The State and Recession: solution or part of the problem?

Saturday 31 October, 10.30am until 12.00pm, Courtyard Gallery

The current crisis has been welcomed by some as heralding the end of ‘neoliberalism’: the free market, free trade agenda that supported light touch regulation, tax cuts, privatisation, foreign direct investment and fiscal discipline. In its place are calls for a return to progressive taxation, government spending and subsidies and ever-tighter regulation of banks: the state is back and, commanding nearly 50 per cent of the UK economy, it’s big.

Despite Hayek, Friedman and the rhetoric of neo-liberalism - rolling back the state, trickle-down, consumer choice and market efficiencies in the public sector - the state has actually never gone away. Public spending under Margaret Thatcher continued to grow and social protection expenditure in particular has nearly doubled in size in the last 20 years to some £170bn. Now, with UK public sector net debt standing at some 55% of GDP and tax revenues at only 38%, there is a huge annual deficit to fill on top of the massive public debt already incurred by Labour’s fiscal stimulus package.

Keynes once noted that “It is often said by wiseacres that we cannot spend more than we earn ... It would be much truer to say that we cannot earn more than we spend”. So are public sector cuts and swingeing tax rises really the only solution? There could be a case for state investment in support of productive growth: the same state that built Docklands and the financial sector could be building super-fast trains and leading the world in aerospace. Must the state serve to regulate against capitalist excess, greed and exploitation? Will the state lead us out of recession, the vanguard of a new fairer capitalism, or is it nothing more than yesterday’s solution to what are much deeper problems?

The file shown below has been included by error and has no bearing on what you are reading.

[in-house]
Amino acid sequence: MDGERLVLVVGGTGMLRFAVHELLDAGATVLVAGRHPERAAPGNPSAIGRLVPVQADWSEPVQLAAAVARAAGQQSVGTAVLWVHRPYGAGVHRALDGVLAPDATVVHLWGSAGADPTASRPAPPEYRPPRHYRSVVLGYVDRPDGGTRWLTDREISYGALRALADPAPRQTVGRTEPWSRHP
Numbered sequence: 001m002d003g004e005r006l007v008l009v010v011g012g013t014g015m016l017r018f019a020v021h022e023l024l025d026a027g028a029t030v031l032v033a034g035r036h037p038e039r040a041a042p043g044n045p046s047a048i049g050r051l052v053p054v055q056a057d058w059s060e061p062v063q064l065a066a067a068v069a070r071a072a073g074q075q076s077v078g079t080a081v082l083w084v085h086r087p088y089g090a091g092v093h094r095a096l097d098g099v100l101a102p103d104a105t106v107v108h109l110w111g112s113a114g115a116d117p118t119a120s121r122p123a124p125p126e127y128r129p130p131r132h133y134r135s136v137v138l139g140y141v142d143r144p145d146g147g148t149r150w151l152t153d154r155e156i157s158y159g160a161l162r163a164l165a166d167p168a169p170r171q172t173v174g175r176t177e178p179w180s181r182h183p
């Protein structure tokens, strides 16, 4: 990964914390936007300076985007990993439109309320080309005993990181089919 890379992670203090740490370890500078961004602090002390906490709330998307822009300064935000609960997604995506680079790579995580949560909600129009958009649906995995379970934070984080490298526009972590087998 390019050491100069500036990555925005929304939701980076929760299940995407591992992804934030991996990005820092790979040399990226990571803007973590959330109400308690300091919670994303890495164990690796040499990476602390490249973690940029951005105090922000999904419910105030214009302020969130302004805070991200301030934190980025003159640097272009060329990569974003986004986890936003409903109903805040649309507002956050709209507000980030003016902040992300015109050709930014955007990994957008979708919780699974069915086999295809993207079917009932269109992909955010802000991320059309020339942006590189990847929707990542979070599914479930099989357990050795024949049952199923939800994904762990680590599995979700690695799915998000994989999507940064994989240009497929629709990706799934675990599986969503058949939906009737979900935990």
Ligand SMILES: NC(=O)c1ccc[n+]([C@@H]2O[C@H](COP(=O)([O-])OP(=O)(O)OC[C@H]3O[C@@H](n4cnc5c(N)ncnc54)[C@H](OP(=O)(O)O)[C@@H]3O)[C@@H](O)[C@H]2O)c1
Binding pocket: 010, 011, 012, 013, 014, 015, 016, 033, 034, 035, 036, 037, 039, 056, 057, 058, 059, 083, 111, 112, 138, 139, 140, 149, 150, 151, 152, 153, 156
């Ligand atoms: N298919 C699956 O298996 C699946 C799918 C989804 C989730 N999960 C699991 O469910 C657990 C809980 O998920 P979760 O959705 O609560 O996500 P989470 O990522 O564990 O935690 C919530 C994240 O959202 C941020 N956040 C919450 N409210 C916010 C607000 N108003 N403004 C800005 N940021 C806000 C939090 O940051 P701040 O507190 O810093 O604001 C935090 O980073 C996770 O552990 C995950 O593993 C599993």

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Dr Vince Cable
deputy leader and shadow chancellor, Liberal Democrats; author, The Storm: the world economic crisis and what it means

Phil Mullan
economist and business manager; author, Creative Destruction: How to start an economic renaissance

Martin Wolf
associate editor and chief economics commentator, Financial Times; author, Fixing Global Finance

Angus Kennedy
convenor, The Academy; author, Being Cultured: in defence of discrimination

Produced by
Angus Kennedy convenor, The Academy; author, Being Cultured: in defence of discrimination
Stuart Simpson financial services professional; researcher and writer, emerging economies and quantitative finance
Recommended readings
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Hyman P. Minsky, McGraw-Hill Professional, 1 May 2008

The Myth of the Neo-Liberal State

Far from the market having a voracious capacity to extend its influence over all aspects of contemporary social and economic life in the UK; the state is directly engaged in propping up an un-dynamic private corporate sector and ensuring employment for many of those working within it.

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